These days, Terry Crews is best known for playing Terry Jeffords, the chiseled police sergeant with a soft side on the sitcom Brooklyn Nine-Nine. Which is why it’s both enthralling and somewhat jarring to hear him enthusiastically recount his trip to the design world’s most celebrated fair.
“Going to Milan [for Salone del Mobile], I was floored by the possibilities of what design could do,” he told Co.Design. “I thought, this is true creativity. This is not about competition. It’s about creating something that has never been done before.”
The NFL player-turned-actor, as it turns out, is also a real design buff–a passion that stretches back to his college education in graphic design. His trip to Milan was as a patron to designer Ini Archibong, with whom he struck up a mentorship over a decade ago. Last year, Crews cofounded a design label along with fashion designer Nana Boateng, Amen&Amen, for which Archibong’s work was the debut collection.
Now, Crews’s design credentials are expanding beyond his supporting role. With a new furniture collection produced by Bernhardt Design, released just in time for NYCxDesign this week, he is an emerging designer in his own right. Inspired by ancient Egyptian hieroglyphics, the pieces play on organic forms like lily pads and the smooth stones of the Nile River.
The collaboration is part of an ongoing Bernhardt Design initiative to work with people outside of the design world, which this May has also culminated in collaborations with Airbnb founder Joe Gebbia and musician Tift Merrill. Jerry Helling, Bernhardt Design’s president and creative director, describes these collaborations as a way to tap into a “sense of passion and enthusiasm when you’re doing something new for the first time.”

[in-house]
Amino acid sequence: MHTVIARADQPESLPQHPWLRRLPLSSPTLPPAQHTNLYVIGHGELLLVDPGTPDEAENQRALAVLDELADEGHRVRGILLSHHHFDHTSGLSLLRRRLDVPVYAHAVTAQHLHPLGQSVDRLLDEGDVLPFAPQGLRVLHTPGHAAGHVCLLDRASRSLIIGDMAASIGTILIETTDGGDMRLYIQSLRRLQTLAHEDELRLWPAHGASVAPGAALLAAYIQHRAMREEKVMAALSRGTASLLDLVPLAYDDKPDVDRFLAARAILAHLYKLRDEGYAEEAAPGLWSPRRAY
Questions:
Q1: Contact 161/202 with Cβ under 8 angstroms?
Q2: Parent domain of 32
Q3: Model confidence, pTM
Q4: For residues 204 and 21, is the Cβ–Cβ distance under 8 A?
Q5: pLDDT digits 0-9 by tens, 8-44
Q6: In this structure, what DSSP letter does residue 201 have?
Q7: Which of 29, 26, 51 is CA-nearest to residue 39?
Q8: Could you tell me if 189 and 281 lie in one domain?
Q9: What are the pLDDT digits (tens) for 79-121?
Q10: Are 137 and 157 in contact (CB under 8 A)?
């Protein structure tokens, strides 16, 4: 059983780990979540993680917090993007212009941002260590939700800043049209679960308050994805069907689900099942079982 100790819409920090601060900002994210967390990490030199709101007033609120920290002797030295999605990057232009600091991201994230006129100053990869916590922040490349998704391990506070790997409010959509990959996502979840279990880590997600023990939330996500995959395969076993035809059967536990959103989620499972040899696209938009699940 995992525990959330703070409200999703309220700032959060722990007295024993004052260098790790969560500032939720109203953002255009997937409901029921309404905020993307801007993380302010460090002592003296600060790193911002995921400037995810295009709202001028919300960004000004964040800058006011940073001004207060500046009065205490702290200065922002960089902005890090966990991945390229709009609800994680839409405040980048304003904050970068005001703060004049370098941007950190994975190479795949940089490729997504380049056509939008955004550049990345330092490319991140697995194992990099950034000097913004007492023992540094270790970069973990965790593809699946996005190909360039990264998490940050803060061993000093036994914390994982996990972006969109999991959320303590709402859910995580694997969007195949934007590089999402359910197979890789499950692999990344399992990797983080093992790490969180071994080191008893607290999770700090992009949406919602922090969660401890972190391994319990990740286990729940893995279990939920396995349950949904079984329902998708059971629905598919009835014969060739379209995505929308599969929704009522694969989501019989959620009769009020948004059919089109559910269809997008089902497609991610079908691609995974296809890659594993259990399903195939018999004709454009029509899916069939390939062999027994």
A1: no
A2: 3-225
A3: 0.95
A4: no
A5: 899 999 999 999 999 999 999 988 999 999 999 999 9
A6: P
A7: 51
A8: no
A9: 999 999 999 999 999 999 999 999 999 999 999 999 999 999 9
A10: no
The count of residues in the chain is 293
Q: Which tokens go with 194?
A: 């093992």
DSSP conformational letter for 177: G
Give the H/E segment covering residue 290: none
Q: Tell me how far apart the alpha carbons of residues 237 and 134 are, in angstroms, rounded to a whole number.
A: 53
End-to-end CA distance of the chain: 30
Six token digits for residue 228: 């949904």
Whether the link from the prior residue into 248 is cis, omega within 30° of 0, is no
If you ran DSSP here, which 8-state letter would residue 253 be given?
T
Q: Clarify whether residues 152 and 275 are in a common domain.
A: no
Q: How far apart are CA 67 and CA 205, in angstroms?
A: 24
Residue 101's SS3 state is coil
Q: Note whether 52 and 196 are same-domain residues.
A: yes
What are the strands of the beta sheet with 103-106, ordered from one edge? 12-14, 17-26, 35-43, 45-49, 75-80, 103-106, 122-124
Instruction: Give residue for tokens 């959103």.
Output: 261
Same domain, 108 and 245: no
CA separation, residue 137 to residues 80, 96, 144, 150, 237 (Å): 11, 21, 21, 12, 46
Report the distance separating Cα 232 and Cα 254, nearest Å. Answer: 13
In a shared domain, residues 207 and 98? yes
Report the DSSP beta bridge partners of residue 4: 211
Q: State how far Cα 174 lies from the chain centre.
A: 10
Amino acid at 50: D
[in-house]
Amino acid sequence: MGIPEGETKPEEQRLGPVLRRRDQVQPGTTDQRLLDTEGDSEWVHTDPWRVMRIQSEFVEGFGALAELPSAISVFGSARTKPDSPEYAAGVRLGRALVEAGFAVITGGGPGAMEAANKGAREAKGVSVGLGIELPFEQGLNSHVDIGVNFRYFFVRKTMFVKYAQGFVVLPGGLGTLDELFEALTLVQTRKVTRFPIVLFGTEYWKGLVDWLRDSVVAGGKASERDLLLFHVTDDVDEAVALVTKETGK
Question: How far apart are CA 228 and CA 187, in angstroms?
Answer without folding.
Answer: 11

With Crews, he certainly found someone with that sense of fervor, and with a long but atypical experience in the art and design worlds. I talked with Crews about his new collection, keeping a design practice as a side project, and finding his own unique approach to design.
“I saw no difference between being an athlete and being an artist”
For a novice in the industrial design world, Crews has a wide and varied design past. As a kid, he loved sketching and doing illustrations, which is still a hobby of his today. In the late 1980s, he went to college on an art scholarship at Western Michigan University–a school with a legacy of graphic design greatness–and became interested in type and graphic design. Long before wanting to be an actor, he envisioned a career in designing movie posters like Drew Struzan, the designer behind the posters for movies like Star Wars and Indiana Jones. When Crews walked onto the University football team, he was the only athlete he knew who was studying art.
In 1991, he left college for the NFL just 12 credits shy of his art degree, but kept up the practice. Between getting cut from one team and joining a new one, he would paint portraits for his fellow football players, charging $3,000-$4,000 a piece. He’s designed logos for rappers in Flint, Michigan, and kept a job in college doing courtroom sketches.
“I’ve always kind of been in that [art] world,” he says. “I call myself ‘the unicorn,’ because I saw no difference between being an athlete and being an artist, but a lot of people thought it was either/or. I never agreed with that.”
“Competition Is The Opposite Of Creativity”